Nick of Time
Backs to the wall, the Bucs had their finest hour against the
After posing for the team picture last Saturday, Buccaneers
coach Tony Dungy talked about how one break might spark his
struggling club and turn it around in the next day's game
against the Vikings. "Sometimes all it takes is one game, one
play or one moment, and it can just kick you to another level,"
said Dungy. "There have been a lot of teams left for dead at the
halfway point of the season that came back and made something
happen. That one moment we need just hasn't happened yet."
On Sunday an opportunity presented itself early. Facing a
fourth-and-seven at the Minnesota 31 on Tampa Bay's opening
possession, Dungy shunned a field goal attempt, and quarterback
Trent Dilfer completed a 10-yard pass to running back Warrick
Dunn. Four plays later Dunn scored on a 10-yard run, setting the
tone for a 27-24 victory that evened the Bucs' record at 4-4 and
knocked the Vikings from the unbeaten ranks.
"We reaffirmed a lot of things today," Tampa Bay center Tony
Mayberry said afterward. "A belief in this team, in this
offense, in each other and in what we still can accomplish this
Entering the game the Bucs' anemic offense had failed to score a
touchdown in 38 first-half possessions and had been outscored
64-15 in the first two quarters. This was not the team that many
had predicted would contend for a Super Bowl berth. "Maybe
somewhere in our mind we did relax a little," says Dungy, whose
club made the playoffs last year for the first time since 1982.
"We all just assumed it would be easy, but we've found that it's
much harder to maintain something than it is to just get there."
Mistakes had negated what little offense Tampa Bay could muster.
The Bucs ranked 28th in the league in turnover margin (-7)
before they met the Vikings, having hit rock bottom the week
before in a 9-3 loss to the Saints. In that game Tampa Bay
turned the ball over three times and receivers dropped seven
On Sunday the Bucs had no turnovers, only two offensive
penalties, no punts, touchdowns on their first two possessions,
22 first downs, a team-record 246 rushing yards and, for the
first time in franchise history, two backs who ran for more than
100 yards in the same game. Fullback Mike Alstott had a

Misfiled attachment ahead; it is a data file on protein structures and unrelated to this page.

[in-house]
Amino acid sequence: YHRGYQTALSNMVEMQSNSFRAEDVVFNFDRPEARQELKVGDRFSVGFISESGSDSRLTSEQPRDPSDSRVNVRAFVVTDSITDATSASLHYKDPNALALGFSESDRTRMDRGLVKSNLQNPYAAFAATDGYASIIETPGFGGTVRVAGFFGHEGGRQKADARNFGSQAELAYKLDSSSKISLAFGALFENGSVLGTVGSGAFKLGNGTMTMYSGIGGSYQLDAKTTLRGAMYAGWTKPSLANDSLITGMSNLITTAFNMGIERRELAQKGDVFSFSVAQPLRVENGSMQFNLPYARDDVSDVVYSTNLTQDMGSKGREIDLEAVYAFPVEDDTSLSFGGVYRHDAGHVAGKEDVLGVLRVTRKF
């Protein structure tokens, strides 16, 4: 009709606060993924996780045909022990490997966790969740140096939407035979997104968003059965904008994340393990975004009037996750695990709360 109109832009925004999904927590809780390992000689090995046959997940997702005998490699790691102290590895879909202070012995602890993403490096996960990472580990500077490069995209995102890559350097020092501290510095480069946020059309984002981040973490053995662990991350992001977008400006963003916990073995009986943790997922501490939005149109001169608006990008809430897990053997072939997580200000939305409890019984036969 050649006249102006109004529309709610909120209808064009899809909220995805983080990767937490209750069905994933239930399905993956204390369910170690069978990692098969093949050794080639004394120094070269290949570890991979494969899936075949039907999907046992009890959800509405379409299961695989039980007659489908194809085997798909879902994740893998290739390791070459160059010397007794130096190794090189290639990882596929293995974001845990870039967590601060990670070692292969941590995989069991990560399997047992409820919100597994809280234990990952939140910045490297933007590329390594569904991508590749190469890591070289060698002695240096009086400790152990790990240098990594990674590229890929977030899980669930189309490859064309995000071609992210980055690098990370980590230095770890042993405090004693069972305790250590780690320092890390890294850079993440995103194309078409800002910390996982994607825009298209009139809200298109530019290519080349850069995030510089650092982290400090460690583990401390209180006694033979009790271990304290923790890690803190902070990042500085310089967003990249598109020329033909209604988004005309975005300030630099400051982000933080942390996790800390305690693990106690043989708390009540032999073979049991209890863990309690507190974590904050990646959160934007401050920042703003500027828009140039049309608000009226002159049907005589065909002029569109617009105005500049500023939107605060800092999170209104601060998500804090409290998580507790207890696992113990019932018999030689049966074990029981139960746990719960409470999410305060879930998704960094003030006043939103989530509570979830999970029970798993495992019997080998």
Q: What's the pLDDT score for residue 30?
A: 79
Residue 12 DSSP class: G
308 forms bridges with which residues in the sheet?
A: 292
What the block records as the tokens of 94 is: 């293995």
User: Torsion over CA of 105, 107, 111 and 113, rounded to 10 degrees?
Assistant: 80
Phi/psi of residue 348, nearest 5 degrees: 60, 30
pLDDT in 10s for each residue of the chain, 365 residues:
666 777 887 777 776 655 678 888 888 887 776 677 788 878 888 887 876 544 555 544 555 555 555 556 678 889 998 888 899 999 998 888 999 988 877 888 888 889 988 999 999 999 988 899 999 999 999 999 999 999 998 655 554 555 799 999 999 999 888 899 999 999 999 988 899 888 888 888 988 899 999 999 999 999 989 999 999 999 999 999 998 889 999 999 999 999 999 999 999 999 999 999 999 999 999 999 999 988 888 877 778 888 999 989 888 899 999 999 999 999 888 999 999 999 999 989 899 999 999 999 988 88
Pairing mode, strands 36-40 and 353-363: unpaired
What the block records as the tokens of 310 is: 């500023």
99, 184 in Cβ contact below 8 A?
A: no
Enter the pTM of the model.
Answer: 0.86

career-high 128 yards on 19 carries, and Dunn added 115 yards on
On a starting offense whose average age is 26, Alstott is
developing into the kind of leader the Bucs desperately need.
"Unlike the 49ers and the Packers, we don't have a lot of
players who have dealt with adversity, have battled through it
and can tell others what to do," says Dungy. "It would help us a
lot if we had more guys who'd been through the ropes in this
league. But two years from now, if we're faced with this again,
we'll understand it better and get through it quicker."
Hampered by a hip injury he suffered at a June minicamp, Alstott
has been slow to hit his stride. But against Minnesota he was at
his punishing best, bouncing off a couple of defenders to score
the go-ahead touchdown on a six-yard run midway through the
fourth quarter, then sealing the win with a 37-yard jaunt. After
the game Alstott trotted off the field, his pants stained with
equal parts mud and blood.
It was a scene that seemed to say that if the Bucs aren't back,
they're at least on their way.
Air's Gone Out of Steelers Attack
After last Friday's practice at Three Rivers Stadium, Steelers
quarterback Kordell Stewart and wideout Will Blackwell stood
near the 10-yard line and, in a test of skill, threw footballs
at the goalpost. Blackwell was the first to clank one off an
upright, and for his effort he received a standing ovation from
a small group of stadium workers. "They were excited because
they thought they had found a new quarterback," quipped Stewart.
After helping Pittsburgh get to the AFC Championship Game and
making the Pro Bowl as an alternate in his first year as a
starter last season, Stewart is going through a severe slump. In
eight games he has completed just 117 of 220 passes for 1,159
yards and six touchdowns, and he has thrown 10 interceptions. In
a 41-31 loss to the Oilers on Sunday, though he threw for a
season-high 230 yards, Stewart was replaced in the fourth
quarter after throwing three interceptions and with the Steelers
The Steelers rank next to last in the NFL with 146.5 passing
yards per game, and Stewart ranks ahead of only three other
passers in the league's quarterback ratings, with a 58.5 mark.
"I would love to have games where I throw for 400 yards," says
Stewart. "But I've come to understand that that doesn't matter.